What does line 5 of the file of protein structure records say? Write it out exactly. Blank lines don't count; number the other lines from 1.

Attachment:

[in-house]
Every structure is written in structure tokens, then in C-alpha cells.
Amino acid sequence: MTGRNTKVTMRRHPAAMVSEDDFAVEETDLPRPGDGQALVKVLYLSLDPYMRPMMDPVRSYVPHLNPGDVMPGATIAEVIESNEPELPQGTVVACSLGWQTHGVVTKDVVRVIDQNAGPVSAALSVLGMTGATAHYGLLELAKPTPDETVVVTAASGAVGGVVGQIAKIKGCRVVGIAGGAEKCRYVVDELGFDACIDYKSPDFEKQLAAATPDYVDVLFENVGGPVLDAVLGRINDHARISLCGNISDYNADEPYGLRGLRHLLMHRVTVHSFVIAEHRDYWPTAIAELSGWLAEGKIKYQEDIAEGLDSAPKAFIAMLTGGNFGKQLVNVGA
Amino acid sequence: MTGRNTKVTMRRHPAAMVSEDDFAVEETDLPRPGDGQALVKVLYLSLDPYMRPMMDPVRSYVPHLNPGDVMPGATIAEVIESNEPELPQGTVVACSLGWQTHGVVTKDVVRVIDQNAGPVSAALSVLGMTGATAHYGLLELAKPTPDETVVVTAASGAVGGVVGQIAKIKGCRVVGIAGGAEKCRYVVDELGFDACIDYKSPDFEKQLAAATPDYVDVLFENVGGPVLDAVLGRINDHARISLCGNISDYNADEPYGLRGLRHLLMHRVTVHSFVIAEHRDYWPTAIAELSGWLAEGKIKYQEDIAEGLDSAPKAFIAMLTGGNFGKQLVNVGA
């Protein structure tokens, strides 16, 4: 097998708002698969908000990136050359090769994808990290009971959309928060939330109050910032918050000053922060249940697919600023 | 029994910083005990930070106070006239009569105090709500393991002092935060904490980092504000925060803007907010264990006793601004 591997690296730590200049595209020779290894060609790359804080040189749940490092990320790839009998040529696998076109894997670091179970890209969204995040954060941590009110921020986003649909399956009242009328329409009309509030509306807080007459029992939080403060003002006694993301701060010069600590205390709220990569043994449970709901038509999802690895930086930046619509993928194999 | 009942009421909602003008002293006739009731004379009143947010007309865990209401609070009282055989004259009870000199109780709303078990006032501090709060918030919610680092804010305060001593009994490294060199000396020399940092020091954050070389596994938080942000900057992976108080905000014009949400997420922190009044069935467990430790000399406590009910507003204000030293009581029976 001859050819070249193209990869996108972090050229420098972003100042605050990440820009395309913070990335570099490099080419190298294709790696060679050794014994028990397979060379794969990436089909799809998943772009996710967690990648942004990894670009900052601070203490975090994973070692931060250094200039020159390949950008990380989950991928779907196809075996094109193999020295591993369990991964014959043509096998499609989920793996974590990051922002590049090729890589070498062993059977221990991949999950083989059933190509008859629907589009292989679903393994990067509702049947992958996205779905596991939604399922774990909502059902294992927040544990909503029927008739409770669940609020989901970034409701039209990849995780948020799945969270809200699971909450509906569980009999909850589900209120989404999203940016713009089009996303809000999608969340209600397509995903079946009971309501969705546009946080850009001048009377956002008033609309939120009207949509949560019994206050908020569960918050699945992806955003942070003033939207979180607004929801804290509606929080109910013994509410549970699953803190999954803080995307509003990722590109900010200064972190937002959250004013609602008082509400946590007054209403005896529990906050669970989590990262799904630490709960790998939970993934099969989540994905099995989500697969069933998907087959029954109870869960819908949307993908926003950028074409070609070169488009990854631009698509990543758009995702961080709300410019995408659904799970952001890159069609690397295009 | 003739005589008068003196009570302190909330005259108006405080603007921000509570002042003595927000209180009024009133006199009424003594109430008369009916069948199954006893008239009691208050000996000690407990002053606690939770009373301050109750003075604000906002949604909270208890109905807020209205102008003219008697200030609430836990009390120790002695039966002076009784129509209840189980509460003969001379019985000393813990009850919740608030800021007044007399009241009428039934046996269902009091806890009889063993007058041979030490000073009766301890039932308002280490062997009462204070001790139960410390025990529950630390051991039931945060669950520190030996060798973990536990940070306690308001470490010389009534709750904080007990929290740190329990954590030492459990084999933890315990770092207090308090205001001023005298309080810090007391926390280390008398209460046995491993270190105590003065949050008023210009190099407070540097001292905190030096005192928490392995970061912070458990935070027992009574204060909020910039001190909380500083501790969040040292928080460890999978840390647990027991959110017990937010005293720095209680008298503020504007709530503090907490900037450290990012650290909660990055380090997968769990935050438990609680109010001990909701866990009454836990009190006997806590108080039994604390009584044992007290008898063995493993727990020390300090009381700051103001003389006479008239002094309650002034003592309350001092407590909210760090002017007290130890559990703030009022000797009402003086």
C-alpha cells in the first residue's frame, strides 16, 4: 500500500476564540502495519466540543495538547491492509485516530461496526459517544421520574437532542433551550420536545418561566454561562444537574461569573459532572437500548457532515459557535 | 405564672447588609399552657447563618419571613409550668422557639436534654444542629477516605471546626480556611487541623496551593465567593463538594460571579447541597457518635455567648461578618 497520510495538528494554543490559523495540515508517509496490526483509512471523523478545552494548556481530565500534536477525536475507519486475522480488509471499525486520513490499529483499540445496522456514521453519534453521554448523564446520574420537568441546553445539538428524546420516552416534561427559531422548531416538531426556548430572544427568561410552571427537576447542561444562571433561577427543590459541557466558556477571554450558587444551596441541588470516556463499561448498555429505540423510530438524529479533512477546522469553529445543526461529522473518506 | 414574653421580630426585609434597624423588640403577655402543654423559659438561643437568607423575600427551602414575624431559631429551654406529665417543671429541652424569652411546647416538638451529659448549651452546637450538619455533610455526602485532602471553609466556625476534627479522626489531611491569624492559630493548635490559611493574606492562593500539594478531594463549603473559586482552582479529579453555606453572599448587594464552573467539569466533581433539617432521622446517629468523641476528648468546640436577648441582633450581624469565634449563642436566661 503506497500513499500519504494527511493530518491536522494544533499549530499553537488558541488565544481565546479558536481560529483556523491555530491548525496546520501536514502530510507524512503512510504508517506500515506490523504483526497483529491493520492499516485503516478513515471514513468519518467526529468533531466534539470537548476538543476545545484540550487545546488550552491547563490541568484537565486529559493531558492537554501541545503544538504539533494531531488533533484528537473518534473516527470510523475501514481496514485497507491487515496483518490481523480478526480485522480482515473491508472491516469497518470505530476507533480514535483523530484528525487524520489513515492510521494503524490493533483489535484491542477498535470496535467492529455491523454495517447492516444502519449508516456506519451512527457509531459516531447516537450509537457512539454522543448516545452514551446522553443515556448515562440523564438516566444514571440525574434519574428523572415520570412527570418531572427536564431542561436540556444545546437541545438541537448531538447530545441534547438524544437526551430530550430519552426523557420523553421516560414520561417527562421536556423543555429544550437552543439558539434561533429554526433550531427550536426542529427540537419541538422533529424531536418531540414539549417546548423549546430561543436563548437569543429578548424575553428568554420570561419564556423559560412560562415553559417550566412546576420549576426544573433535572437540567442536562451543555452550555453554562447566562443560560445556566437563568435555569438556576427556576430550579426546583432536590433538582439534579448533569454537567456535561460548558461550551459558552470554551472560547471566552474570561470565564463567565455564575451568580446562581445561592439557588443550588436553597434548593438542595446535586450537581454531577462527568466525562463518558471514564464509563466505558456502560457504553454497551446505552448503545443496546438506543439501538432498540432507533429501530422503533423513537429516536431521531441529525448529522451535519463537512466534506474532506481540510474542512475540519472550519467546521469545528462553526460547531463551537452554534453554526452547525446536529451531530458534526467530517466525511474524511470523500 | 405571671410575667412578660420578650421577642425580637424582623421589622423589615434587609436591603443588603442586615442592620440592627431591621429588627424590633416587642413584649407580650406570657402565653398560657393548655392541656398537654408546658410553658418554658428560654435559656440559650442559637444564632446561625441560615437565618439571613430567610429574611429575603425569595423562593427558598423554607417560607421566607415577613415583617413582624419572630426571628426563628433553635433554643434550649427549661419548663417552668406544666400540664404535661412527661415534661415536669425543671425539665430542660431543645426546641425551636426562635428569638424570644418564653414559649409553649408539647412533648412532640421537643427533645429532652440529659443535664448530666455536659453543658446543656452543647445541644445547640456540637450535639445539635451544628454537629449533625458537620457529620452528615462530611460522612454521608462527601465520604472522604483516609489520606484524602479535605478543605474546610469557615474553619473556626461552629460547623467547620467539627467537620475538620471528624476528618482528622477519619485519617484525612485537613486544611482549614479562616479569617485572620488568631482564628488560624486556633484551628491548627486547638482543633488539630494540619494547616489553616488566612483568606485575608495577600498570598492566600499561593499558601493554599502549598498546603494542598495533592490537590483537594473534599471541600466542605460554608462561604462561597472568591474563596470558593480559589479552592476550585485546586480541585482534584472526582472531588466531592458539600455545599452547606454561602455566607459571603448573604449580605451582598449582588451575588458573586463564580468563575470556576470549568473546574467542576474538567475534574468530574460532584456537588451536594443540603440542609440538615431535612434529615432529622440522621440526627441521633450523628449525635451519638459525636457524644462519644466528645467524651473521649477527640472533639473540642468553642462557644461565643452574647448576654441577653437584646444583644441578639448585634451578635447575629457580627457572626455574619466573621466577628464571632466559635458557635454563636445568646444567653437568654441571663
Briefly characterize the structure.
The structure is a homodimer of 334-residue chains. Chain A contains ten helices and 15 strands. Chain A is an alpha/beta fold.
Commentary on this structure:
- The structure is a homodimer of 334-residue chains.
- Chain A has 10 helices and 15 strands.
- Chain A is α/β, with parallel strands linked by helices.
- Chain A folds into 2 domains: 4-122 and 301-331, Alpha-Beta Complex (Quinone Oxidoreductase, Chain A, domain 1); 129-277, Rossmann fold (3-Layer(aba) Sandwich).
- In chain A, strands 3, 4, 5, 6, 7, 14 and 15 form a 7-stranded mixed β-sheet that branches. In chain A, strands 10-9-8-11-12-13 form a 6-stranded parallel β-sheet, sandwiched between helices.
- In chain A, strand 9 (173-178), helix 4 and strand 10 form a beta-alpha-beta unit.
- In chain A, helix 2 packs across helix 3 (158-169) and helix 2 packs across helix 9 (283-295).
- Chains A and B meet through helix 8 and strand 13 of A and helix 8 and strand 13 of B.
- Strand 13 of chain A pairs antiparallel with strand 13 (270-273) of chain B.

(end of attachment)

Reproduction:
């Protein structure tokens, strides 16, 4: 097998708002698969908000990136050359090769994808990290009971959309928060939330109050910032918050000053922060249940697919600023 | 029994910083005990930070106070006239009569105090709500393991002092935060904490980092504000925060803007907010264990006793601004 591997690296730590200049595209020779290894060609790359804080040189749940490092990320790839009998040529696998076109894997670091179970890209969204995040954060941590009110921020986003649909399956009242009328329409009309509030509306807080007459029992939080403060003002006694993301701060010069600590205390709220990569043994449970709901038509999802690895930086930046619509993928194999 | 009942009421909602003008002293006739009731004379009143947010007309865990209401609070009282055989004259009870000199109780709303078990006032501090709060918030919610680092804010305060001593009994490294060199000396020399940092020091954050070389596994938080942000900057992976108080905000014009949400997420922190009044069935467990430790000399406590009910507003204000030293009581029976 001859050819070249193209990869996108972090050229420098972003100042605050990440820009395309913070990335570099490099080419190298294709790696060679050794014994028990397979060379794969990436089909799809998943772009996710967690990648942004990894670009900052601070203490975090994973070692931060250094200039020159390949950008990380989950991928779907196809075996094109193999020295591993369990991964014959043509096998499609989920793996974590990051922002590049090729890589070498062993059977221990991949999950083989059933190509008859629907589009292989679903393994990067509702049947992958996205779905596991939604399922774990909502059902294992927040544990909503029927008739409770669940609020989901970034409701039209990849995780948020799945969270809200699971909450509906569980009999909850589900209120989404999203940016713009089009996303809000999608969340209600397509995903079946009971309501969705546009946080850009001048009377956002008033609309939120009207949509949560019994206050908020569960918050699945992806955003942070003033939207979180607004929801804290509606929080109910013994509410549970699953803190999954803080995307509003990722590109900010200064972190937002959250004013609602008082509400946590007054209403005896529990906050669970989590990262799904630490709960790998939970993934099969989540994905099995989500697969069933998907087959029954109870869960819908949307993908926003950028074409070609070169488009990854631009698509990543758009995702961080709300410019995408659904799970952001890159069609690397295009 | 003739005589008068003196009570302190909330005259108006405080603007921000509570002042003595927000209180009024009133006199009424003594109430008369009916069948199954006893008239009691208050000996000690407990002053606690939770009373301050109750003075604000906002949604909270208890109905807020209205102008003219008697200030609430836990009390120790002695039966002076009784129509209840189980509460003969001379019985000393813990009850919740608030800021007044007399009241009428039934046996269902009091806890009889063993007058041979030490000073009766301890039932308002280490062997009462204070001790139960410390025990529950630390051991039931945060669950520190030996060798973990536990940070306690308001470490010389009534709750904080007990929290740190329990954590030492459990084999933890315990770092207090308090205001001023005298309080810090007391926390280390008398209460046995491993270190105590003065949050008023210009190099407070540097001292905190030096005192928490392995970061912070458990935070027992009574204060909020910039001190909380500083501790969040040292928080460890999978840390647990027991959110017990937010005293720095209680008298503020504007709530503090907490900037450290990012650290909660990055380090997968769990935050438990609680109010001990909701866990009454836990009190006997806590108080039994604390009584044992007290008898063995493993727990020390300090009381700051103001003389006479008239002094309650002034003592309350001092407590909210760090002017007290130890559990703030009022000797009402003086």